Monthly Archives: July 2017

Utility Helps Wean Vermonters From the Electric Grid

By Diane Cardwell, New York Times

The projects are part of a bold experiment aimed at turning homes, neighborhoods and towns into virtual power plants, able to reduce the amount of energy they draw from the central electric system. But behind them are not green energy advocates or proponents of living off the land. Instead, it’s the local electric company, Green Mountain Power.

Green Mountain’s chief executive, Mary Powell, sees the program here as the best way to please customers while making the system more environmentally and physically sustainable. “Customers, especially in Vermont with the energy-independence values that people have, want to move more toward self-generation.”

Read more here.

Top Photo: Each unit of the McKnight Lane development in Waltham, Vermont, has solar panels installed on the roof. Credit: Jacob Hannah for The New York Times

Protesters plan to put solar panels in the oil pipeline’s path

Nebraska Radio Network Contributor, William Padmore, KLIN,  Lincoln

With the Nebraska Public Service Commission’s weeklong Keystone XL public hearing in Lincoln starting next Monday, BOLD Nebraska is launching a new plan to fight against the planned pipeline. BOLD founder Jane Kleeb says the group plans to place solar panels directly in the way of the pipeline’s proposed route. Continue reading here.

ADDITIONAL RECOMMENDED READING / VIEWING
Keystone opponents build solar panel on pipeline’s route, Nebraska TV
Jane Kleeb, founder of Bold Nebraska, said they’ve raised over $40,000 online for their Solar XL Project and said they’re turning their words into action. “We’re not just out in the streets protesting with signs, but we’re actually building the type of energy we want to see,” Kleeb said. Polk County farmer, Jim Carlson, is the first to install a solar panel and said he turned down $250,000 from the Trans-Canada Corporation.

NBC Nebraska Newscast: Local farmer builds solar panel array on land to fight Keystone XL pipeline

PUBLIC SERVICE COMMISSION HEARINGS
August 7th through the 11th at 9 a.m. at the Lincoln Marriott Cornhusker Hotel, 333 South 13th Street, Lincoln, Nebraska. Click this link for more information: http://www.psc.nebraska.gov/natgas/Keystone_Pipeline.html

August 4th Omaha World-Herald Article Regarding Testimony:
Judge: XL foes can’t testify about safety, necessity

Public Comment Form: http://www.psc.nebraska.gov/admin/admin_forms/pipeline.html

JPMorgan Chase goes all in on renewable energy

By Christian Roselund, PV Magazine

The financial services giant plans to source renewables for 100% of its global energy needs by 2020, and to facilitate $200 billion in clean financing through 2025 – the largest commitment by any global financial institution to date. Continue reading.

Read about more companies that have made a commitment to go 100% renewable, the actions they are taking and why at RE100.Org: http://there100.org/companies

ADDITIONAL RECOMMENDED READING

Oil industry has skeptics about need now for XL: Market has changed since TransCanada proposed its pipeline nine years ago

Written by Paul Hammel, Sunday World-Herald

TransCanada, the company seeking to build the pipeline, acknowledged Friday that the project might be abandoned . . . The legal courtlike hearings to determine whether the 275-mile route will be approved by the Nebraska Public Service Commission are scheduled from Aug. 7 to 11 in Lincoln. By Nov. 23 the five-member elected commission must decide if the pipeline route is in the “public interest.”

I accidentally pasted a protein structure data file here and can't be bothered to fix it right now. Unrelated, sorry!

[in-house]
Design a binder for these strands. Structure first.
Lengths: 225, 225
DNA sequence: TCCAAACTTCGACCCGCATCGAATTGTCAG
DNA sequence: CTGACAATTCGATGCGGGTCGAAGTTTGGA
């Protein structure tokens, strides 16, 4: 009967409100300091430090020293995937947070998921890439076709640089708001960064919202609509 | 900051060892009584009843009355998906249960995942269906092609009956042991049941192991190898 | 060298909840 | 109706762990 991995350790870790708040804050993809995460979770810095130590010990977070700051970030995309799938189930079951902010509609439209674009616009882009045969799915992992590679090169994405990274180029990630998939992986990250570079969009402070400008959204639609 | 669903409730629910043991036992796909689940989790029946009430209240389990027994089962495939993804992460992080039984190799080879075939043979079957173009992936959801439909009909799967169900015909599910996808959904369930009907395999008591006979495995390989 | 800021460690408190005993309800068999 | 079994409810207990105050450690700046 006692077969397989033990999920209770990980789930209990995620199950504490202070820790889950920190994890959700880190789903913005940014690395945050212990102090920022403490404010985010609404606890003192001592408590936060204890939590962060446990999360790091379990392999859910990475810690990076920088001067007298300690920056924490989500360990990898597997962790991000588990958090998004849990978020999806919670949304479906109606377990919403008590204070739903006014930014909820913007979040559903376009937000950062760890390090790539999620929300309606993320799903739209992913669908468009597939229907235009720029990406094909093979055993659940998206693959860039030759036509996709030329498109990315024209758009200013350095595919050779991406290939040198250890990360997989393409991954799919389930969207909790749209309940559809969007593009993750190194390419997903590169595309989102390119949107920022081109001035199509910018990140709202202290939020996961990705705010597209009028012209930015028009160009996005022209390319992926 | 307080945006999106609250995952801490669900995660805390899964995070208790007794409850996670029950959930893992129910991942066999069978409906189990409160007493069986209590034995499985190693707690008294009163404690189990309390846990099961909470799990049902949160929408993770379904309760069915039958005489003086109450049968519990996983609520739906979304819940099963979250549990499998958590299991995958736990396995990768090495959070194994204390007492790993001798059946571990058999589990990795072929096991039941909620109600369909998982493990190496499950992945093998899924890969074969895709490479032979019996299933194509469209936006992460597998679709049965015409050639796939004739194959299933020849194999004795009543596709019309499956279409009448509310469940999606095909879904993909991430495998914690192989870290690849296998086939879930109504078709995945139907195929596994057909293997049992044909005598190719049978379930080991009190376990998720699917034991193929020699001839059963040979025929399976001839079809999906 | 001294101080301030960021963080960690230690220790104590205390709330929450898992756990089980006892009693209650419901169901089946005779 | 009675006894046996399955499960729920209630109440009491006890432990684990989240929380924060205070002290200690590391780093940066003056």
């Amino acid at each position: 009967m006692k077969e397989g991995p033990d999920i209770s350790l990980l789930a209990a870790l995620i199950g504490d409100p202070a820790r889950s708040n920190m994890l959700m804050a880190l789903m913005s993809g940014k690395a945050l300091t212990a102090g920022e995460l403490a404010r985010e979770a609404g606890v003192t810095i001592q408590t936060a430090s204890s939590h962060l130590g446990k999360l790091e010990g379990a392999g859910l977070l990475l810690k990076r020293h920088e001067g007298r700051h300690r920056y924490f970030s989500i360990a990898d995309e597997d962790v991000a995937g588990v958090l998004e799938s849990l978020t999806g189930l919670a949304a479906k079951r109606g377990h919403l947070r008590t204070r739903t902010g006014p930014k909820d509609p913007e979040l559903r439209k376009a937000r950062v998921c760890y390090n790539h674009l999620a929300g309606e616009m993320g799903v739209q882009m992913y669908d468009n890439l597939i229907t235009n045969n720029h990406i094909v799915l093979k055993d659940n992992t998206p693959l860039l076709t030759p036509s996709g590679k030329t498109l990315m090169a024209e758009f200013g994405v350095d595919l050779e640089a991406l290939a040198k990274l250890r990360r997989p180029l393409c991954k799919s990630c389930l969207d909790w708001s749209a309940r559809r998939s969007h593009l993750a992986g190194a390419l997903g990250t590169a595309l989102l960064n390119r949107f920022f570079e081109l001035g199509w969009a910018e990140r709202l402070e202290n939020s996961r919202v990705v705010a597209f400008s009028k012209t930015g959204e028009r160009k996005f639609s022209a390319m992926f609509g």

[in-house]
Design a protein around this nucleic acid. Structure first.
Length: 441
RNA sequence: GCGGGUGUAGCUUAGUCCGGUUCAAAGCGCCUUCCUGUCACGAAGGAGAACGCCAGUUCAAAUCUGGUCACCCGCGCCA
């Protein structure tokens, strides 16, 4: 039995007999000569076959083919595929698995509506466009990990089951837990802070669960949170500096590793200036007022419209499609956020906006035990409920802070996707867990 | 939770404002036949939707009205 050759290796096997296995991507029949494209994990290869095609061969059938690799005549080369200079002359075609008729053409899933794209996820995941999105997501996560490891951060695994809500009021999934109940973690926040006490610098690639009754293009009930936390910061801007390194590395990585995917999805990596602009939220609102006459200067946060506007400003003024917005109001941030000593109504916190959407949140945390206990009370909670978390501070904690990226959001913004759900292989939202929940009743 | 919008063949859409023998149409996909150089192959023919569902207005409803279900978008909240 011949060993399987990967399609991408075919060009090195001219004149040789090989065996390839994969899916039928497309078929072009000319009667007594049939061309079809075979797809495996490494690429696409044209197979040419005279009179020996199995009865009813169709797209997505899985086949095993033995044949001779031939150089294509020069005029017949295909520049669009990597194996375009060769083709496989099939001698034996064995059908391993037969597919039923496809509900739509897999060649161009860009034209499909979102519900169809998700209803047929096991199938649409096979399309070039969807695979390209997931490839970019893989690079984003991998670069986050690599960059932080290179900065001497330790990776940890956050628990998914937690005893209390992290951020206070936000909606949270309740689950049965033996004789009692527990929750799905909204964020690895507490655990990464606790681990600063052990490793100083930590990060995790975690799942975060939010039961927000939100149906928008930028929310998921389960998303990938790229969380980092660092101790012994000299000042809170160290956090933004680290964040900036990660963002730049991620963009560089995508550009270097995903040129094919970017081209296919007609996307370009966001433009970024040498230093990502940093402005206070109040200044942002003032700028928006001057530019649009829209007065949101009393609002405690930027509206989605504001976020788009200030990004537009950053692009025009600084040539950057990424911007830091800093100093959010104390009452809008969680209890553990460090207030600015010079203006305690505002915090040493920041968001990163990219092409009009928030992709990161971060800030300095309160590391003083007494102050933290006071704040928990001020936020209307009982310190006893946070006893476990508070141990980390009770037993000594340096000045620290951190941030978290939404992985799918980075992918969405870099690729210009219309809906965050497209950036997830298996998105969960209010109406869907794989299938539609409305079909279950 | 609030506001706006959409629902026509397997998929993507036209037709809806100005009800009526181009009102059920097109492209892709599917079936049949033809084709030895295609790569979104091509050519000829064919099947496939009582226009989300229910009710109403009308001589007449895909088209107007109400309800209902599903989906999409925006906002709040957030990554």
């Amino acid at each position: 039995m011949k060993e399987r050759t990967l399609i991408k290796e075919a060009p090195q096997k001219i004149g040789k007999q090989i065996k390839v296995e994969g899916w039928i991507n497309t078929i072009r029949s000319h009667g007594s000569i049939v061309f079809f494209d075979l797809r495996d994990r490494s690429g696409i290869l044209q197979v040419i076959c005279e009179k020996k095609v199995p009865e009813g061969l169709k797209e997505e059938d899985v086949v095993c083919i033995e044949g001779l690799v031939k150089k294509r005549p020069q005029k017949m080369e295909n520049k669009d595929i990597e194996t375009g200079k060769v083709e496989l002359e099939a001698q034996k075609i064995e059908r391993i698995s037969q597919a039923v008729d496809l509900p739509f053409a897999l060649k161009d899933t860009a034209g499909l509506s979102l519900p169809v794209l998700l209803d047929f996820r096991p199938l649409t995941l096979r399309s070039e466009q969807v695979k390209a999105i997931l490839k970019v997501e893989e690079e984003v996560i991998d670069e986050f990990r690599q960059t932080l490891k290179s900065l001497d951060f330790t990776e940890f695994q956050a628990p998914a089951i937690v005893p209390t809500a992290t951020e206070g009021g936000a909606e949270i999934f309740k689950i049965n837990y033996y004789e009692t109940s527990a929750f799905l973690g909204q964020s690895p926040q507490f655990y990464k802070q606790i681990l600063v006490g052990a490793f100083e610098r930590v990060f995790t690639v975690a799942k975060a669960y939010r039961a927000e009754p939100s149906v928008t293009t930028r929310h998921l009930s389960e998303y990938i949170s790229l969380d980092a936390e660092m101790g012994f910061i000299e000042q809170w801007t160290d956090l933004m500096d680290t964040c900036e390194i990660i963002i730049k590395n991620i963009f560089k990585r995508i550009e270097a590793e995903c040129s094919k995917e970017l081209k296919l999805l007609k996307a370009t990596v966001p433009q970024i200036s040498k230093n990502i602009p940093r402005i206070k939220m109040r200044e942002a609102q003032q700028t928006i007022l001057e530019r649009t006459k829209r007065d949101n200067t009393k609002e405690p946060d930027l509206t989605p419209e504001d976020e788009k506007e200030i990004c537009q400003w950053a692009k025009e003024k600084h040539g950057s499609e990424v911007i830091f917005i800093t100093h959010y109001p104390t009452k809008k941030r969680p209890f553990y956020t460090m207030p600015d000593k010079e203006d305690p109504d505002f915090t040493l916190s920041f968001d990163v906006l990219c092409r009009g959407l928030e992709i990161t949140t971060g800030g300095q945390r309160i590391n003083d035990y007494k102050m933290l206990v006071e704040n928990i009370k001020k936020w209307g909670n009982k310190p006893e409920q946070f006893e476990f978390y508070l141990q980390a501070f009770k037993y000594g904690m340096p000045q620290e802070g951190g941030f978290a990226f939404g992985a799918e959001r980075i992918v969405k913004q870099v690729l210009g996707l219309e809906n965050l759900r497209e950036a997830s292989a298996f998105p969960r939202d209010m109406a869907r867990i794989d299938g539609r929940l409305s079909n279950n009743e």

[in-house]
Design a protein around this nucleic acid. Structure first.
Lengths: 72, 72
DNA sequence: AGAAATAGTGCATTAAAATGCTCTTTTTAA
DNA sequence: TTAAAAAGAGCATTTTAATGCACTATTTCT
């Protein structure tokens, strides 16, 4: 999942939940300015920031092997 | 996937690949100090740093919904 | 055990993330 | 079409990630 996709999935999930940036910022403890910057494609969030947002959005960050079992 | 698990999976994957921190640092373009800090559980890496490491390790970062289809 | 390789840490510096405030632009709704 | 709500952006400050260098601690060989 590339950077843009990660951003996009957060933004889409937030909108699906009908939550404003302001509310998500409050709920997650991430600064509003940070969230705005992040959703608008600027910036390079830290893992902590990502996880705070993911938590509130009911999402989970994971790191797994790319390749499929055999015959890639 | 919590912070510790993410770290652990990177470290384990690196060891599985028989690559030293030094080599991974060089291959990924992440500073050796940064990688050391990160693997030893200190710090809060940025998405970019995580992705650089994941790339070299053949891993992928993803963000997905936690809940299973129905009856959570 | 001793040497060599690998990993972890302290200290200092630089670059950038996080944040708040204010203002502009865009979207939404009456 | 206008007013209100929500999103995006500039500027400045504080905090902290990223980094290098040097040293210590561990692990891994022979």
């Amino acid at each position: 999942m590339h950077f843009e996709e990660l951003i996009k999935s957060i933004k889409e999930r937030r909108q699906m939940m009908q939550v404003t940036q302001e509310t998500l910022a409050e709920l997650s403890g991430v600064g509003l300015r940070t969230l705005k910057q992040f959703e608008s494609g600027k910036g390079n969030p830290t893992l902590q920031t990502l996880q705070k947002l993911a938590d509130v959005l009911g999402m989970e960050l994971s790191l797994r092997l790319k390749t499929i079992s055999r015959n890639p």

Read the entire article here.

AWEA’s Second Quarter 2017 Report: Top 5 story lines

By Hannah Hunt, Into the Wind, American Wind Energy Association Blog

Among the story lines:

  1. The U.S. wind industry reported 25,819 megawatts (MW) of wind capacity under construction or in advanced development during the second quarter, a 41 percent increase over this time last year. That includes a combined 3,841 MW in new announcements. And nearly 80 percent of that activity is found in the Midwest, Texas and the Mountain West.
  2. Kansas just became the fifth state to surpass 5,000 MW of installed capacity, with enough wind power to supply 1.5 million average homes. Kansas wind supports nearly 6,000 in-state jobs and makes lease payments up to $15 million a year to its farmers and ranchers for hosting turbines.

Read more about the report’s top 5 story lines here.

Referenced in Hannah Hunt’s article:
Gov. Brownback: Wind power could supply 50 percent of Kansas electricity
Kansas has proven it can quickly develop its wind power potential. In 2011, wind created only eight percent of the state’s electricity, only a third of what it does today. This growth has been good for the state’s families and businesses, helping them keep more money in their pockets while supporting up to 6,000 well-paying jobs. Through 2050, wind could save consumers over $1.6 billion on their electric bills, on top of nearly $4 billion in savings resulting from protection against conventional fuel price fluctuations.

Also referenced in the article: Winds of Change video from Westar Energy that shows how wind energy is benefiting Kansas families and businesses. Click image to watch it.

ADDITIONAL RECOMMENDED READING
Wind Power: Propelling America into the 21st century, Into the Wind

5 Ways OPPD Is Making the Greater Omaha Community More Solar Friendly for Customer Owners

The first four steps that OPPD has stated it is undertaking to provide customer-owners with the information and tools they need to “go solar” are posted on our Home Page. These will make the solar installation process more streamlined and cost-effective for installers, code inspectors, and customers.  Additionally, OPPD is moving forward on community solar development. (See August 5th update, below).